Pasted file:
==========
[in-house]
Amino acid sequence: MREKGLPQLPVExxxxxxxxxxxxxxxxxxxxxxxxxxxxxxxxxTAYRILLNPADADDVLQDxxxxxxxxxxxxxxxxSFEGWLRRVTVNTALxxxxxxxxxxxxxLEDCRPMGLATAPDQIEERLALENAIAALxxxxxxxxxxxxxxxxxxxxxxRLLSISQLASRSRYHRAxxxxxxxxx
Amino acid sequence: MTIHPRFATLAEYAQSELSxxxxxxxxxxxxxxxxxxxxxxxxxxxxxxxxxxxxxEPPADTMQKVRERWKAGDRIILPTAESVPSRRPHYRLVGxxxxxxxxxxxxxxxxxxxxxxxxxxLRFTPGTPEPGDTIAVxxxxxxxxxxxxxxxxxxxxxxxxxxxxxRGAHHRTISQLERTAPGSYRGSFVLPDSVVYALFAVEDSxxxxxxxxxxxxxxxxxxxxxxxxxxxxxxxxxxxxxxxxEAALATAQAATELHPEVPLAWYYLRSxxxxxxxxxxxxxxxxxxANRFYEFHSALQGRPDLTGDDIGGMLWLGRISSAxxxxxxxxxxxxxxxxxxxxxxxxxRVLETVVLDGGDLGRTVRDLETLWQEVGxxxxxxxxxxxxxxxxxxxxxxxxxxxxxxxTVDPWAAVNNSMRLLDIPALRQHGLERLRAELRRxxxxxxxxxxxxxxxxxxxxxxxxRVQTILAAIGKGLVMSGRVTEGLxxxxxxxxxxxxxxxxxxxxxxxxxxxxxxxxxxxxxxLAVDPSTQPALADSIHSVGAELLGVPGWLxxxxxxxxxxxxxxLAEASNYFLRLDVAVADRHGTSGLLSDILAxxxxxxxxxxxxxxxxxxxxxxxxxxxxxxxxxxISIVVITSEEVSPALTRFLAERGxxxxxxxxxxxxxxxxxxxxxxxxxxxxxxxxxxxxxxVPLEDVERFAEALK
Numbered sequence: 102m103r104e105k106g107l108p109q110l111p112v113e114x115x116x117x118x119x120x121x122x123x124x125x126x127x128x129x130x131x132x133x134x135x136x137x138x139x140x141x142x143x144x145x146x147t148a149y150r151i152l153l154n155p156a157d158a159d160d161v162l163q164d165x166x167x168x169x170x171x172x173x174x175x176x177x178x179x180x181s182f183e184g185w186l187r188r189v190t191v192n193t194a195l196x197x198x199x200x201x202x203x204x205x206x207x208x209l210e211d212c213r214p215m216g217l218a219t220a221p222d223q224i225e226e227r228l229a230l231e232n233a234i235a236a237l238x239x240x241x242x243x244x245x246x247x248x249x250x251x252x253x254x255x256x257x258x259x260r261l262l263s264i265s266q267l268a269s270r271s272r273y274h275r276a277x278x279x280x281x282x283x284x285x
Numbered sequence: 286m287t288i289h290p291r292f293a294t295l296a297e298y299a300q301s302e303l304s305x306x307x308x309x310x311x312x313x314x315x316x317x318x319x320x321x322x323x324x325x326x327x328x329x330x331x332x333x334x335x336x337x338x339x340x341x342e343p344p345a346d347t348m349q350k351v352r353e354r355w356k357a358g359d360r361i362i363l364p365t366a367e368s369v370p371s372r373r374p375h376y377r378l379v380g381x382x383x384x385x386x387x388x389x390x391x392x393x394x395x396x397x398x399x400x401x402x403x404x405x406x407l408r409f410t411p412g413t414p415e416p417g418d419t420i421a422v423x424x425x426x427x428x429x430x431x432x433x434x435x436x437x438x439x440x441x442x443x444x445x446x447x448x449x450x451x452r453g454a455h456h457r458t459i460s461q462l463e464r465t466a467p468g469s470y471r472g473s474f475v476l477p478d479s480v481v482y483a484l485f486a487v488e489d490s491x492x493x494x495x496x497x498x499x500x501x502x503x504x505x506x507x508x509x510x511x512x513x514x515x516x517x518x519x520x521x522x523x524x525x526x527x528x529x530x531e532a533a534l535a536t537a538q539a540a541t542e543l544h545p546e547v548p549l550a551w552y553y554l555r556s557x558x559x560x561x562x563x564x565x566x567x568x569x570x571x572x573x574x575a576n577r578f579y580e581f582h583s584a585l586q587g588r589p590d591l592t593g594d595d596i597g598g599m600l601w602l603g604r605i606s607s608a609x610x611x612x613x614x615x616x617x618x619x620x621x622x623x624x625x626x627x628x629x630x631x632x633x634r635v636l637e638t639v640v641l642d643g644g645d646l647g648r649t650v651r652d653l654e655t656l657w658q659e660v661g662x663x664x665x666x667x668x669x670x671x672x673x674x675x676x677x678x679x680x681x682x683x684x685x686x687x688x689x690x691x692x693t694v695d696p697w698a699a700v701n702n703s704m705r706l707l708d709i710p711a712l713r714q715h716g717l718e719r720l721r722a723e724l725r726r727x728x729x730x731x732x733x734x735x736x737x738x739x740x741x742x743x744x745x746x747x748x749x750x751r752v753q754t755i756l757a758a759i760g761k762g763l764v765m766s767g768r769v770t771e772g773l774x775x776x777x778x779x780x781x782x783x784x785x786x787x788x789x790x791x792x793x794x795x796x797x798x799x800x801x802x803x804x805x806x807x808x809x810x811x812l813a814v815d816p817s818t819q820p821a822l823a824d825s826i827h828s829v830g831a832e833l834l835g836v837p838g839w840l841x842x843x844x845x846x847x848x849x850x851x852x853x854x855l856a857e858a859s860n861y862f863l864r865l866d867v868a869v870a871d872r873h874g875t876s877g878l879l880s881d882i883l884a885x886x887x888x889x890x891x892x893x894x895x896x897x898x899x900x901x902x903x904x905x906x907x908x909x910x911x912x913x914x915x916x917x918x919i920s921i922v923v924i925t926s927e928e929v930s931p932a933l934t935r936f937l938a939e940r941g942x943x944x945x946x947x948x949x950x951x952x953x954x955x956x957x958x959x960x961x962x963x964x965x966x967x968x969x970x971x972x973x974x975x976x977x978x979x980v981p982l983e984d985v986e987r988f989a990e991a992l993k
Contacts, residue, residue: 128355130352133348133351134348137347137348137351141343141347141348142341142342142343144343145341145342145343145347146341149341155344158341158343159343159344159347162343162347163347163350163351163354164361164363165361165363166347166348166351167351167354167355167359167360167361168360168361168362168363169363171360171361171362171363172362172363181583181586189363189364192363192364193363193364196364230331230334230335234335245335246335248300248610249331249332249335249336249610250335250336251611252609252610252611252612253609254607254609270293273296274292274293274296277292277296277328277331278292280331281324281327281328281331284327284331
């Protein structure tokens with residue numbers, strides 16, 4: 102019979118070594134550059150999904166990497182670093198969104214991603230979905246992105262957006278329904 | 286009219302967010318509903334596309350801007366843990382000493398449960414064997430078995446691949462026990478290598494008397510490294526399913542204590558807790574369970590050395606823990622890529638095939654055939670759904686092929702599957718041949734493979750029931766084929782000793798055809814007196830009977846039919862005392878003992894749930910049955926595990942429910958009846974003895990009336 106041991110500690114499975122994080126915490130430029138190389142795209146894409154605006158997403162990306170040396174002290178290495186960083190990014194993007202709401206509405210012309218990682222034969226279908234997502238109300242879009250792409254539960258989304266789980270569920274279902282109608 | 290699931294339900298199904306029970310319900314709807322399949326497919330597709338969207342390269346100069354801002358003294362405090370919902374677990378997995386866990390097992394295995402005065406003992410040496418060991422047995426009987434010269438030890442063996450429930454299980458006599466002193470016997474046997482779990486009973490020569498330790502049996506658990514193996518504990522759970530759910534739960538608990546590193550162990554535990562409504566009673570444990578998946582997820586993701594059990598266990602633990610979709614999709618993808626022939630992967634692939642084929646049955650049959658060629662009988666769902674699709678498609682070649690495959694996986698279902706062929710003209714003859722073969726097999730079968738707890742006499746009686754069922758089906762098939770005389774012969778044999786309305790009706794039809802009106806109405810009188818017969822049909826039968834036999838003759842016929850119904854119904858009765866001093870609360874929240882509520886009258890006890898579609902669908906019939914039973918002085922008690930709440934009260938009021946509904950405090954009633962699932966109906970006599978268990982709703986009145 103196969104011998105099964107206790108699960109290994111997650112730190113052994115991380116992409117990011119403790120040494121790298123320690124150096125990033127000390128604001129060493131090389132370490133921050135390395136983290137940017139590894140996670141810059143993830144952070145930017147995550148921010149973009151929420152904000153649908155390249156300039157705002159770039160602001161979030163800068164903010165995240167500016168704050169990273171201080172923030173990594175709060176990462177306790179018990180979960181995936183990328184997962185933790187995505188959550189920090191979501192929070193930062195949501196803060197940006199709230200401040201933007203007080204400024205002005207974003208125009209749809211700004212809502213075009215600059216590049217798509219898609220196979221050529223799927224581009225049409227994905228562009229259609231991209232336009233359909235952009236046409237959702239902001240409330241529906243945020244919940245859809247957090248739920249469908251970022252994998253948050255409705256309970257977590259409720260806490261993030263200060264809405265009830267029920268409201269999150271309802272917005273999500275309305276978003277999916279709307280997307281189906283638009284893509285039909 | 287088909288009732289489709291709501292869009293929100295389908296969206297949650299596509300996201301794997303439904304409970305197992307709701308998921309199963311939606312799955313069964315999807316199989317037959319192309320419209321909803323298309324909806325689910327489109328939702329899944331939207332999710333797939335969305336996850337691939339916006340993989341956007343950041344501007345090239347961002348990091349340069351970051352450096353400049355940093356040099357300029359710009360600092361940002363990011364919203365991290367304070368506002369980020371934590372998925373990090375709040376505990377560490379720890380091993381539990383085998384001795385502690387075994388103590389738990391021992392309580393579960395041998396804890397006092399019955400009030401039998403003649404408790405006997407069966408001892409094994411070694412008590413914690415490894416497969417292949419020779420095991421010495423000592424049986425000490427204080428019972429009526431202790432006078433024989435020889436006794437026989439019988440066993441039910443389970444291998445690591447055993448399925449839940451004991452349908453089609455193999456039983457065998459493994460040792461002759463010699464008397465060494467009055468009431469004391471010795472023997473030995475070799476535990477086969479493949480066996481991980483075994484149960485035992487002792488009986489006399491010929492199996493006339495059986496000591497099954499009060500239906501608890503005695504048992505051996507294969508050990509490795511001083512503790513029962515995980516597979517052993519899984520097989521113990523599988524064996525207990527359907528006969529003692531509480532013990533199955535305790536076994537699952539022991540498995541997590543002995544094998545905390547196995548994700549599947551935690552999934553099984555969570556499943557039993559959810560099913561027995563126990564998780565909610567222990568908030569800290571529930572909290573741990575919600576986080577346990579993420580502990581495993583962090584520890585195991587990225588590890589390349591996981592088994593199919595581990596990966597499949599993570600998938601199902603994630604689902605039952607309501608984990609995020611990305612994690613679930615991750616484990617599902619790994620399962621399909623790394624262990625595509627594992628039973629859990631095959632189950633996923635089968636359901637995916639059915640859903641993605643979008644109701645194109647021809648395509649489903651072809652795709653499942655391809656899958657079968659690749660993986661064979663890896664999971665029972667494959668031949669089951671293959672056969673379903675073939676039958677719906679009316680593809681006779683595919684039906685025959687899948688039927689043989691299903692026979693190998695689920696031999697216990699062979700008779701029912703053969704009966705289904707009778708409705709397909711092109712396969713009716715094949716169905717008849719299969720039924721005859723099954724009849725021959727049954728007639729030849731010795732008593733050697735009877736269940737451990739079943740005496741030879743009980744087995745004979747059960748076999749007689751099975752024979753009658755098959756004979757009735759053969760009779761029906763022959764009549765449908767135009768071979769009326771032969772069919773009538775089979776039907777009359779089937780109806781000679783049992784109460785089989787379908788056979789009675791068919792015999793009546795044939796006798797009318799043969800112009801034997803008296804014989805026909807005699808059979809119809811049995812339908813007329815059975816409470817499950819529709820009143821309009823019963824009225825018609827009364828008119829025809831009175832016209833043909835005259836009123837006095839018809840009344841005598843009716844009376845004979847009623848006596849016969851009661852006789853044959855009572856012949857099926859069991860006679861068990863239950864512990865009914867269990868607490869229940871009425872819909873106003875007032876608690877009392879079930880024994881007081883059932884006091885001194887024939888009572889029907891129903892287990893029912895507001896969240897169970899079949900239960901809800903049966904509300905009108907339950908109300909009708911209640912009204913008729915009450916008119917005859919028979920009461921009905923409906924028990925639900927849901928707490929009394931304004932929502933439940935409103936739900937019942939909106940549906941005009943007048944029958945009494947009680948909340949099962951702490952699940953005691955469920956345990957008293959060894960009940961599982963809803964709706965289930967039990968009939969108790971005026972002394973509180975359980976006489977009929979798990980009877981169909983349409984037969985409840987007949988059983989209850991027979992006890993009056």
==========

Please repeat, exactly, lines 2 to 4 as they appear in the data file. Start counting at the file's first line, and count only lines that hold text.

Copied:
Amino acid sequence: MREKGLPQLPVExxxxxxxxxxxxxxxxxxxxxxxxxxxxxxxxxTAYRILLNPADADDVLQDxxxxxxxxxxxxxxxxSFEGWLRRVTVNTALxxxxxxxxxxxxxLEDCRPMGLATAPDQIEERLALENAIAALxxxxxxxxxxxxxxxxxxxxxxRLLSISQLASRSRYHRAxxxxxxxxx
Amino acid sequence: MTIHPRFATLAEYAQSELSxxxxxxxxxxxxxxxxxxxxxxxxxxxxxxxxxxxxxEPPADTMQKVRERWKAGDRIILPTAESVPSRRPHYRLVGxxxxxxxxxxxxxxxxxxxxxxxxxxLRFTPGTPEPGDTIAVxxxxxxxxxxxxxxxxxxxxxxxxxxxxxRGAHHRTISQLERTAPGSYRGSFVLPDSVVYALFAVEDSxxxxxxxxxxxxxxxxxxxxxxxxxxxxxxxxxxxxxxxxEAALATAQAATELHPEVPLAWYYLRSxxxxxxxxxxxxxxxxxxANRFYEFHSALQGRPDLTGDDIGGMLWLGRISSAxxxxxxxxxxxxxxxxxxxxxxxxxRVLETVVLDGGDLGRTVRDLETLWQEVGxxxxxxxxxxxxxxxxxxxxxxxxxxxxxxxTVDPWAAVNNSMRLLDIPALRQHGLERLRAELRRxxxxxxxxxxxxxxxxxxxxxxxxRVQTILAAIGKGLVMSGRVTEGLxxxxxxxxxxxxxxxxxxxxxxxxxxxxxxxxxxxxxxLAVDPSTQPALADSIHSVGAELLGVPGWLxxxxxxxxxxxxxxLAEASNYFLRLDVAVADRHGTSGLLSDILAxxxxxxxxxxxxxxxxxxxxxxxxxxxxxxxxxxISIVVITSEEVSPALTRFLAERGxxxxxxxxxxxxxxxxxxxxxxxxxxxxxxxxxxxxxxVPLEDVERFAEALK
Numbered sequence: 102m103r104e105k106g107l108p109q110l111p112v113e114x115x116x117x118x119x120x121x122x123x124x125x126x127x128x129x130x131x132x133x134x135x136x137x138x139x140x141x142x143x144x145x146x147t148a149y150r151i152l153l154n155p156a157d158a159d160d161v162l163q164d165x166x167x168x169x170x171x172x173x174x175x176x177x178x179x180x181s182f183e184g185w186l187r188r189v190t191v192n193t194a195l196x197x198x199x200x201x202x203x204x205x206x207x208x209l210e211d212c213r214p215m216g217l218a219t220a221p222d223q224i225e226e227r228l229a230l231e232n233a234i235a236a237l238x239x240x241x242x243x244x245x246x247x248x249x250x251x252x253x254x255x256x257x258x259x260r261l262l263s264i265s266q267l268a269s270r271s272r273y274h275r276a277x278x279x280x281x282x283x284x285x